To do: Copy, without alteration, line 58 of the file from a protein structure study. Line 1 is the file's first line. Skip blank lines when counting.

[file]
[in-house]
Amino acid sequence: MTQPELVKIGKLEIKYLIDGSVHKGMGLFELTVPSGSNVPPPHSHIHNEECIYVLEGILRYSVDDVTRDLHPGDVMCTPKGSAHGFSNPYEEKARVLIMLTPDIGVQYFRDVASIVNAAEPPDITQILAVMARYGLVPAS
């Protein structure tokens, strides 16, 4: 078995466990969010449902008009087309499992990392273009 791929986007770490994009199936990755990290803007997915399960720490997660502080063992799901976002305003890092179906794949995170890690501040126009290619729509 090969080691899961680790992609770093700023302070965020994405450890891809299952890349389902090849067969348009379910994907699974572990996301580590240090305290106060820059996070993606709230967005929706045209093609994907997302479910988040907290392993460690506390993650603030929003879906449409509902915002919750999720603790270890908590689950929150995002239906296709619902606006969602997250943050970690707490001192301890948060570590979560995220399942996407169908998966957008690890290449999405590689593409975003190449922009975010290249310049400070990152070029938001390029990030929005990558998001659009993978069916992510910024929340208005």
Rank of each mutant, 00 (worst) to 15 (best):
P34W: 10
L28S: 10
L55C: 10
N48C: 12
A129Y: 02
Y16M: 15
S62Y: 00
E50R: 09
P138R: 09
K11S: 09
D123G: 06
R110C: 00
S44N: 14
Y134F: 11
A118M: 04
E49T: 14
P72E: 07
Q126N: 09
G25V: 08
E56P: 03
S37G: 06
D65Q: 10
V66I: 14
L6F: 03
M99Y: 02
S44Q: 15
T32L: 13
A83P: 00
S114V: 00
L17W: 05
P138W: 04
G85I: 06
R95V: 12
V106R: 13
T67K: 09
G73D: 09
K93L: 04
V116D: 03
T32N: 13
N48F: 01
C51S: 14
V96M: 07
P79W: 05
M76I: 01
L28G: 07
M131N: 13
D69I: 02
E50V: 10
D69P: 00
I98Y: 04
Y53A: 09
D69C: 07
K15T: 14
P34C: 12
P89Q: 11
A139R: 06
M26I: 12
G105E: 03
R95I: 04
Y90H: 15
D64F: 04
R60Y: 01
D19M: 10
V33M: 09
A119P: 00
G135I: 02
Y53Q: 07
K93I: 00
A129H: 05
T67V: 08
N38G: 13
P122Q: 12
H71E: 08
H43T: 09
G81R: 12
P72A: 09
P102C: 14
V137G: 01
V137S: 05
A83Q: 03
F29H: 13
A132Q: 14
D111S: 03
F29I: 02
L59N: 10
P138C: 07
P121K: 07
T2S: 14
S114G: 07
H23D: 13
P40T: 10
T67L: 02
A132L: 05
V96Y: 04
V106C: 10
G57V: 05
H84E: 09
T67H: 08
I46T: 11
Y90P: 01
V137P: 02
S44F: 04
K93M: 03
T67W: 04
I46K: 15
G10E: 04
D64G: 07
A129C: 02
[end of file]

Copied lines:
P34C: 12